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Math fables too : making science count / by Greg Tang ; illustrated by Taia Morley.

By: Tang, Greg.
Contributor(s): Morley, Taia [illustrator.] | Morley, Taia | Morley, Taia (Illustrator).
Material type: materialTypeLabelBookSeries: Making science count: Publisher: New York : Scholastic Press, 2007Edition: First edition.Description: 1 volumes (unpaged) : color illustrations ; 26 cm.Content type: text Media type: unmediated Carrier type: volumeISBN: 0439783518; 9780439783514; 9780439783514 (hardcover : alk. paper); 0439783518 (hbk.).Subject(s): Counting -- Juvenile literature | Science -- Juvenile literature | Science fiction -- Juvenile literature | Animals -- Children's poetry | Conduct of life -- Juvenile literatureGenre/Form: Children's nonfiction.DDC classification: C513.211 Summary: More rhymes about animals that introduce counting and grouping numbers, as well as examples of such behaviors as cooperation, friendship, and appreciation.Summary: A series of rhymes about animals introduces counting and grouping numbers. Suggested level: junior.
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Item type Current location Collection Call number Copy number Status Date due
Childrens Non-Fiction Davis (Central) Library
Children's Non-fiction
Children's Non-fiction 513 TAN 1 Available

Enhanced descriptions from Syndetics:

Greg Tang, a nationally acclaimed speaker, author, and educator, has already inspired hundreds of thousands of children, parents, and teachers across the country through his best-selling books. Now with this follow-up to his wildly successful Math Fables, Greg Tang adds science to the mix as he challenges the youngest math learners--kids ages three to six--to think about numbers in more creative ways. His charming animal fables will spark an interest in science while giving children a head start in math that will last a lifetime. Math, science, and "lessons that count"--a winning combination!

More rhymes about animals that introduce counting and grouping numbers, as well as examples of such behaviors as cooperation, friendship, and appreciation.

A series of rhymes about animals introduces counting and grouping numbers. Suggested level: junior.

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Reviews provided by Syndetics

School Library Journal Review

K-Gr 2-In this companion book to Math Fables (Scholastic, 2004), Tang offers 10 rhymes about animals that teach science concepts as well as basic arithmetic. In addition (no pun intended), each selection contains a moral, such as for the seahorse, "He's happy to be different-/it makes him more unique!" and for the herons, "They know the secret to success/is patience, smarts, and skill!" For number six, "Know Spitting" shows how the archerfish can aim at insects above the water and knock them into the water to catch their dinner. Then combinations of archerfish are shown in groups of five and one, four and two, and three and three. The author also encourages vocabulary growth by using words such as "din," "gorged," "physique," and "marsupials." The bright, bold computer-generated illustrations bring personality to the animals and create colorful displays for counting and adding. Further information about the animal highlighted in each rhyme is appended.-Sandra Welzenbach, Villarreal Elementary School, San Antonio, TX (c) Copyright 2010. Library Journals LLC, a wholly owned subsidiary of Media Source, Inc. No redistribution permitted.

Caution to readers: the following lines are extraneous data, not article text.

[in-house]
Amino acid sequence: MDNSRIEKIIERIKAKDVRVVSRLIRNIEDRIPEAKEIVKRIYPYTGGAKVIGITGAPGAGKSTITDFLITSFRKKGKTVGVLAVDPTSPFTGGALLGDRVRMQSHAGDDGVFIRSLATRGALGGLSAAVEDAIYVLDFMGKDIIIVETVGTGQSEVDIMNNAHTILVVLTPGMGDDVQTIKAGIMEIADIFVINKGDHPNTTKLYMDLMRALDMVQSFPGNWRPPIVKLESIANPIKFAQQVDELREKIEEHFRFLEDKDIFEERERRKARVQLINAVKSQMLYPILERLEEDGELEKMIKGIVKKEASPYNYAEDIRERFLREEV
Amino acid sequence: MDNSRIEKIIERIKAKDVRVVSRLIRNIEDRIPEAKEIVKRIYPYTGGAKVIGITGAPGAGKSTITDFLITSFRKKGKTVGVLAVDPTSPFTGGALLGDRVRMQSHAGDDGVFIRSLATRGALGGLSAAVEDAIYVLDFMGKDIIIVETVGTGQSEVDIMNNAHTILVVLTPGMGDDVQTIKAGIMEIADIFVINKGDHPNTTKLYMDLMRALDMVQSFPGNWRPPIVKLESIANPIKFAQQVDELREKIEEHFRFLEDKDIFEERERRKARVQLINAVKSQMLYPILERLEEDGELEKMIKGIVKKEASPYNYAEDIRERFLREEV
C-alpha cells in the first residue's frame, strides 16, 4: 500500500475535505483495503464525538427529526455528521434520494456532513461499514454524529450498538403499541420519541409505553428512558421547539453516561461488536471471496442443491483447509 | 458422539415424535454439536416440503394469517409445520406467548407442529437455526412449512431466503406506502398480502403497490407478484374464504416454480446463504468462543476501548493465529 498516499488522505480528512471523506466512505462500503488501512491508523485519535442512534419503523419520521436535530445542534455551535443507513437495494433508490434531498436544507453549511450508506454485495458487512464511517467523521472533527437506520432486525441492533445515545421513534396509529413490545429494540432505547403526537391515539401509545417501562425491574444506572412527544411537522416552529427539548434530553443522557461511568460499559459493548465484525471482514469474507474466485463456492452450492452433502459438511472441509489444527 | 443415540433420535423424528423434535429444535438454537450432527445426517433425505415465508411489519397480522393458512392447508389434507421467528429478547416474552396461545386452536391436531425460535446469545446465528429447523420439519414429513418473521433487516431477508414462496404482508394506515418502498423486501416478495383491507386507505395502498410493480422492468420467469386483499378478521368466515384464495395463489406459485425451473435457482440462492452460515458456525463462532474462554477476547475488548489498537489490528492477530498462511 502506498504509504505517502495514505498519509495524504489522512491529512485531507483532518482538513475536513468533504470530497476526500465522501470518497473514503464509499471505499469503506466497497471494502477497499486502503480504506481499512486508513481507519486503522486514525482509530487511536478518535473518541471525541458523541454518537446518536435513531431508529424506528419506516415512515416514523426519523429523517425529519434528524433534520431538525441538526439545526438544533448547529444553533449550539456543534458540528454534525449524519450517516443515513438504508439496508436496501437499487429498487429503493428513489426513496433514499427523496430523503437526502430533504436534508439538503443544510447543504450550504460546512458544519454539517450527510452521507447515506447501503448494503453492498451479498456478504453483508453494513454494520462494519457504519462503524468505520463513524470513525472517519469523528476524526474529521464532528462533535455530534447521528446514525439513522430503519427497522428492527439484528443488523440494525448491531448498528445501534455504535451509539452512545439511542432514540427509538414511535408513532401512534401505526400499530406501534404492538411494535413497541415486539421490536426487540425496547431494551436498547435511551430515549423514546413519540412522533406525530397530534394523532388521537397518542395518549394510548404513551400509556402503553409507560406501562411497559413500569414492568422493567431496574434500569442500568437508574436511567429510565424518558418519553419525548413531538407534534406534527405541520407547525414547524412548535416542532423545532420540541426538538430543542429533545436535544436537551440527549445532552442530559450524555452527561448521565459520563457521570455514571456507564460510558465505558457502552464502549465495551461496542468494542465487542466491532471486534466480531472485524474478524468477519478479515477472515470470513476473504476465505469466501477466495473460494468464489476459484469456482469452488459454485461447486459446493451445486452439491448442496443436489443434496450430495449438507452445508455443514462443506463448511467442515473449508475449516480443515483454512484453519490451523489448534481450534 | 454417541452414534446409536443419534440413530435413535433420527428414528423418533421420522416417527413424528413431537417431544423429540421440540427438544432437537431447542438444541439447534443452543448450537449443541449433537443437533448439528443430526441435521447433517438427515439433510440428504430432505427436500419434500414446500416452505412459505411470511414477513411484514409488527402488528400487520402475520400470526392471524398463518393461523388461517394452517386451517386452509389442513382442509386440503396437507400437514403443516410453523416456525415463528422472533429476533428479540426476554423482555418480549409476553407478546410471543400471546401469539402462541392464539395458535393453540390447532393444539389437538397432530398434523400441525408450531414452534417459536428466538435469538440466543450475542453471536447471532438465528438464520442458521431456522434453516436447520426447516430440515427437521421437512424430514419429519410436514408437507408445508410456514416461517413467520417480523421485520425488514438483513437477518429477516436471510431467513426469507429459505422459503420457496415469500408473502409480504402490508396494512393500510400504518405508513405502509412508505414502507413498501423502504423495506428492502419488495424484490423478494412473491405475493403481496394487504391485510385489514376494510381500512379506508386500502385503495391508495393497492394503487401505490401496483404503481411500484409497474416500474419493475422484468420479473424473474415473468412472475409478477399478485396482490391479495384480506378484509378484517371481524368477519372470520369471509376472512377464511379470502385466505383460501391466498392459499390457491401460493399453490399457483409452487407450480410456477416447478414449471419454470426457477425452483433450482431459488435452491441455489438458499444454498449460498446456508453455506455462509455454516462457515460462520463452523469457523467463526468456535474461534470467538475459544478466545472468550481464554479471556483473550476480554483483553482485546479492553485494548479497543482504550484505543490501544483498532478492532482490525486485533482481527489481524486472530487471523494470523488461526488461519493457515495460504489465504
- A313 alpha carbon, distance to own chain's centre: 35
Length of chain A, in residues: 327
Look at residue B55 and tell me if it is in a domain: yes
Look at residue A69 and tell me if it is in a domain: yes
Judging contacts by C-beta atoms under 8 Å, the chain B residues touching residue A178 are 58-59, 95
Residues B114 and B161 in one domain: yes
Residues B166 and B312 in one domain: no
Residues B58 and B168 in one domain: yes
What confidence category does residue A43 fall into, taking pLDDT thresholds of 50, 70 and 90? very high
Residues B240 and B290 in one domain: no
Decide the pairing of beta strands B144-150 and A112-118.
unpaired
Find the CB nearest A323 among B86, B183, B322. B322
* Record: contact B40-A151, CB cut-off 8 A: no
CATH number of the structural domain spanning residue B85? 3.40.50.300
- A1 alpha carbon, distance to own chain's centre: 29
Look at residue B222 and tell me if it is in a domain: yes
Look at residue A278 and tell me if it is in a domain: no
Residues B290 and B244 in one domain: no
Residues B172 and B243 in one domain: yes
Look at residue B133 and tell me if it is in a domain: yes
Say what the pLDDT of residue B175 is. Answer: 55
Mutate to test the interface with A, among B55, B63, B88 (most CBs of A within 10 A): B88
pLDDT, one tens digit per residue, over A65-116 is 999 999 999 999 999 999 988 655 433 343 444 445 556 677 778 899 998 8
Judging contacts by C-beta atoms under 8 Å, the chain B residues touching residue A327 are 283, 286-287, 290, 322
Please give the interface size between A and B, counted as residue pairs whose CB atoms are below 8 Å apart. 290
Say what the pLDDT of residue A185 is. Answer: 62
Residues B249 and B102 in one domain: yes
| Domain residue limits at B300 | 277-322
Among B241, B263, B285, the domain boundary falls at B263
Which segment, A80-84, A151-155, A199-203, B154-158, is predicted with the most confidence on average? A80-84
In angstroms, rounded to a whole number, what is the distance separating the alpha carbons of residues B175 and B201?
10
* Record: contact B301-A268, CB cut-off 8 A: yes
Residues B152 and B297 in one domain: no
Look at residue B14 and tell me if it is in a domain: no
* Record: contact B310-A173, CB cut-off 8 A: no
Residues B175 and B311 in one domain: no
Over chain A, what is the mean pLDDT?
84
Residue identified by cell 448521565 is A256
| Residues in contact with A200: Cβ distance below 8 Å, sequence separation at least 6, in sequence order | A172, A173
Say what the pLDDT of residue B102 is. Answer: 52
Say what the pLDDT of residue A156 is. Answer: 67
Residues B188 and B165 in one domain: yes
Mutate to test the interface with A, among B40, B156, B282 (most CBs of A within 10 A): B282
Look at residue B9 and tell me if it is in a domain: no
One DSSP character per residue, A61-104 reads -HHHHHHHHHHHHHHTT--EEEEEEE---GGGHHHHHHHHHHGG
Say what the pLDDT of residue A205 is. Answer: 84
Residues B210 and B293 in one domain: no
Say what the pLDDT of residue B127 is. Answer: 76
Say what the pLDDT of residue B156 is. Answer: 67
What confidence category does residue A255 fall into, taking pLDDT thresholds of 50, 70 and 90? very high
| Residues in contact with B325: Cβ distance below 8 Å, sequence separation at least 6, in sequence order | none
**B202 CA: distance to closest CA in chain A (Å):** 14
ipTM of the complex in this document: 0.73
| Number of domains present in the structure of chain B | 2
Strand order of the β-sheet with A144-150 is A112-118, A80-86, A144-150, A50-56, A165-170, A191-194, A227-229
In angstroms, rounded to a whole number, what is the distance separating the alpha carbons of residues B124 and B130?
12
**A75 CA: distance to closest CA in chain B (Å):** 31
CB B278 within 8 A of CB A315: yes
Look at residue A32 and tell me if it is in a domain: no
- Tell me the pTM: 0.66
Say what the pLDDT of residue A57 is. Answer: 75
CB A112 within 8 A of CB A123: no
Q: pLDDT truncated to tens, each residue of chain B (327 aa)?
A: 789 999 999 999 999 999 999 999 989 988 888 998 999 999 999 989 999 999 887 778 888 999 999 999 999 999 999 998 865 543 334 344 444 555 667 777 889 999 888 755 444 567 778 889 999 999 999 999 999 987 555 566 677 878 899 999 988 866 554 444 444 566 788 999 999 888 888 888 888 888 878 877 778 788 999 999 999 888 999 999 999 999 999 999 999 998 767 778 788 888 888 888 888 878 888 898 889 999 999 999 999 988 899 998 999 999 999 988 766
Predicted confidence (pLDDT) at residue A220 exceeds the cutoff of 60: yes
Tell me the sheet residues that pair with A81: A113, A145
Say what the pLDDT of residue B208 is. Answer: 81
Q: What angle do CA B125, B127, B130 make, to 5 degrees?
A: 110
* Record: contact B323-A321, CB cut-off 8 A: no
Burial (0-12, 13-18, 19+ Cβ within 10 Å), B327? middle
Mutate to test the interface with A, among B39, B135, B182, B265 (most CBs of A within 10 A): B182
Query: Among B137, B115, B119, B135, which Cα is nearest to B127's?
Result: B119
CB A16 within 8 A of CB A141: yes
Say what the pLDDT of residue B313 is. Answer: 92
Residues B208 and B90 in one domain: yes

Kirkus Book Review

Anything but a one-trick pony, Tang offers not only math concepts in his latest collection of verse, but natural history, challenging vocabulary, wordplay and wisdom to boot. Going from one (male, pregnant) seahorse to ten seagulls, animals in each poem combine and recombine in different groupings to, usually, hunt--"1 bat flew off into the sky / to hear what he could find. / 6 others followed after him / a flap or two behind"--using natural attributes and, in several cases, tools, too. In Morley's brightly colored, artfully composed natural scenes, the animals are accurately rendered and their groups clearly differentiated; even younger children will have no trouble counting them and seeing how they add together. That the poems also have titles like "The Sound and the Furry," use words like "camouflaged" and end, as fables should, in Lessons ("All 6 were feeling quite content / with food enough for each. / They know that aiming high in life / leaves nothing out of reach!") adds enough nuance and content to reward any number of subsequent re-readings. A seamless blend of pleasure and purpose sandwiched between an introduction for adults and a closing page of recapitulated science facts. (Nonfiction poetry. 4-7) Copyright ┬ęKirkus Reviews, used with permission.